But it’s worse yet: that $10,000 cap also must include property and sales taxes that were previously deductible, and aren’t now. As Newsday explains, a player on the Angels with a $10,000,000 annual salary will lose $650,000 by playing half of his games in California.

Now, some teams can balance out this disadvantage by including what’s called a tax equalization clause in their player contracts. That just means the additional tax liability is absorbed by the team, though — a tax hit the team didn’t have before, and a disincentive to sign free agents who demand it. Given the size of the tax bills, it could be a significant one, especially for players like Bryce Harper expected to command mega-contracts next offseason. If Bryce Harper signed with the Dodgers for $40,000,000 annually, he could lose millions of dollars in additional taxes relative to a team like the Astros or Marlins (yes, I know).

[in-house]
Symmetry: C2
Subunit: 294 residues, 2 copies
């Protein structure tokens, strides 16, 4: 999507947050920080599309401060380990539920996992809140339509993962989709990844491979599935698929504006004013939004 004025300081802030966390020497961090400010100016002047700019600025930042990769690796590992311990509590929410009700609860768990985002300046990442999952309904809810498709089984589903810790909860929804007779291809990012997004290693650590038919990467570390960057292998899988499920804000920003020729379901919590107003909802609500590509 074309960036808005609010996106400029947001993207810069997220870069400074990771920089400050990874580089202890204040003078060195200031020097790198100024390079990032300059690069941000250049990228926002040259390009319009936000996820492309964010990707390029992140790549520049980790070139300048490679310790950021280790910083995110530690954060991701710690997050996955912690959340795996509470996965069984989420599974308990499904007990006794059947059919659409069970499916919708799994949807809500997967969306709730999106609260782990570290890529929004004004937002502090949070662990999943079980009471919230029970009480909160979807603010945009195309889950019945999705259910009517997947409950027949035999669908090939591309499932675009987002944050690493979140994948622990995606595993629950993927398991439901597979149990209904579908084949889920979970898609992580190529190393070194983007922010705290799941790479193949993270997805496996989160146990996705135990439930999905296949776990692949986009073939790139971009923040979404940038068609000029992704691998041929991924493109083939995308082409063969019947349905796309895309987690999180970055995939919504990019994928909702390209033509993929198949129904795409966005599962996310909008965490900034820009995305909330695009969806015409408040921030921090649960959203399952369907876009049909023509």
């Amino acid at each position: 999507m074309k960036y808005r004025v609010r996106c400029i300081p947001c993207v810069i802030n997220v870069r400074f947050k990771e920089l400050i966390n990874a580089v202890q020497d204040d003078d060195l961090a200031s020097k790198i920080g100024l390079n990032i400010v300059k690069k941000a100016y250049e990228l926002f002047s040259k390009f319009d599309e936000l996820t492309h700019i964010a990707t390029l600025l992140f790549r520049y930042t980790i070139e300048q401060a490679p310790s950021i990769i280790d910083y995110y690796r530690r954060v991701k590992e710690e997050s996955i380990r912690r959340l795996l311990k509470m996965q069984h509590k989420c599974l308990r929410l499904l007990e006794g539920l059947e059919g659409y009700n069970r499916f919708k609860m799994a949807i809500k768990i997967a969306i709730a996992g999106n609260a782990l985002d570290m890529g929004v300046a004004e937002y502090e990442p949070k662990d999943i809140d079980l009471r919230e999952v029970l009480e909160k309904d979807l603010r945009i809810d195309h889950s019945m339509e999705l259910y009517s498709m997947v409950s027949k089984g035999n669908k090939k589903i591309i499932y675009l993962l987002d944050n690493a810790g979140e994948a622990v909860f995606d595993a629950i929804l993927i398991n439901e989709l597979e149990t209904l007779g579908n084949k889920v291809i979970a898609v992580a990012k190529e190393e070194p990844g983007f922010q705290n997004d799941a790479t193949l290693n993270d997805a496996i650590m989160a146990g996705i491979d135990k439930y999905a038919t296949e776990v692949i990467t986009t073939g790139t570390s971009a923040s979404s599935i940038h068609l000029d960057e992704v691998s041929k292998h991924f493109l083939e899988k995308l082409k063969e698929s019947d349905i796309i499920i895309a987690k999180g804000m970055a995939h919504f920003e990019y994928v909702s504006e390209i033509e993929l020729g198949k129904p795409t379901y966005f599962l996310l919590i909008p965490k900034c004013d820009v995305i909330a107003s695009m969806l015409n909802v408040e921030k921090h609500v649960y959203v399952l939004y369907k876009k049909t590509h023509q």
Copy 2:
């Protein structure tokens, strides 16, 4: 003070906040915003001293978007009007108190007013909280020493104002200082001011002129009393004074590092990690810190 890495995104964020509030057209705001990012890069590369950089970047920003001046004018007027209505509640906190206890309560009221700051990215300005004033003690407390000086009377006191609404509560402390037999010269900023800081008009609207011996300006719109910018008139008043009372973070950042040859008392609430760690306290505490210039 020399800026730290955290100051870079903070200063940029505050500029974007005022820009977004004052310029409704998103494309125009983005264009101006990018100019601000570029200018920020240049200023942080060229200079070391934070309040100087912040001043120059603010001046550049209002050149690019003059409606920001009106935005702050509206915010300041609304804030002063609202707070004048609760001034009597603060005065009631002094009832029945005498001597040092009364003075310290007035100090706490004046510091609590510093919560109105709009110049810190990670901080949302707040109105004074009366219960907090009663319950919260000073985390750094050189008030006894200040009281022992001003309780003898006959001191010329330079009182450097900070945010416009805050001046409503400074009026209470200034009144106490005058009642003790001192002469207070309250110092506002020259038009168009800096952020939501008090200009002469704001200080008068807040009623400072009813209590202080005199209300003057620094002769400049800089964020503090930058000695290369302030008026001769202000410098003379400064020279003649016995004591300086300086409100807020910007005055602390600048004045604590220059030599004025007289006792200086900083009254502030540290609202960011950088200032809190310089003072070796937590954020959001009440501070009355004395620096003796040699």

Recognizing this, states like New York have proposed potential workarounds by shifting liability to business owners in the form of payroll taxes, which are still deductible. That would mitigate the tax hit somewhat, but nothing’s been enacted yet. And if we’re looking ahead to the 2018-19 offseason, with stars like Harper, Josh Donaldson, Clayton Kershaw, and Manny Machado all up for mega-contracts, these tax issues could very well impact where they go.

Nor is that the end of it. It also used to be that players could deduct their agent’s commission and union dues. Now they can’t do that anymore, either. Those dues are relatively cheap — $17.6 million total last year, and $80 daily per player. But agent commissions are a lot more, sometimes at 4-5% of total contract value. So Bryce Harper can’t deduct the $20 million fee Scott Boras would get on his upcoming $400 million contract. And this creates a powerful incentive for players to seek out the least expensive representation.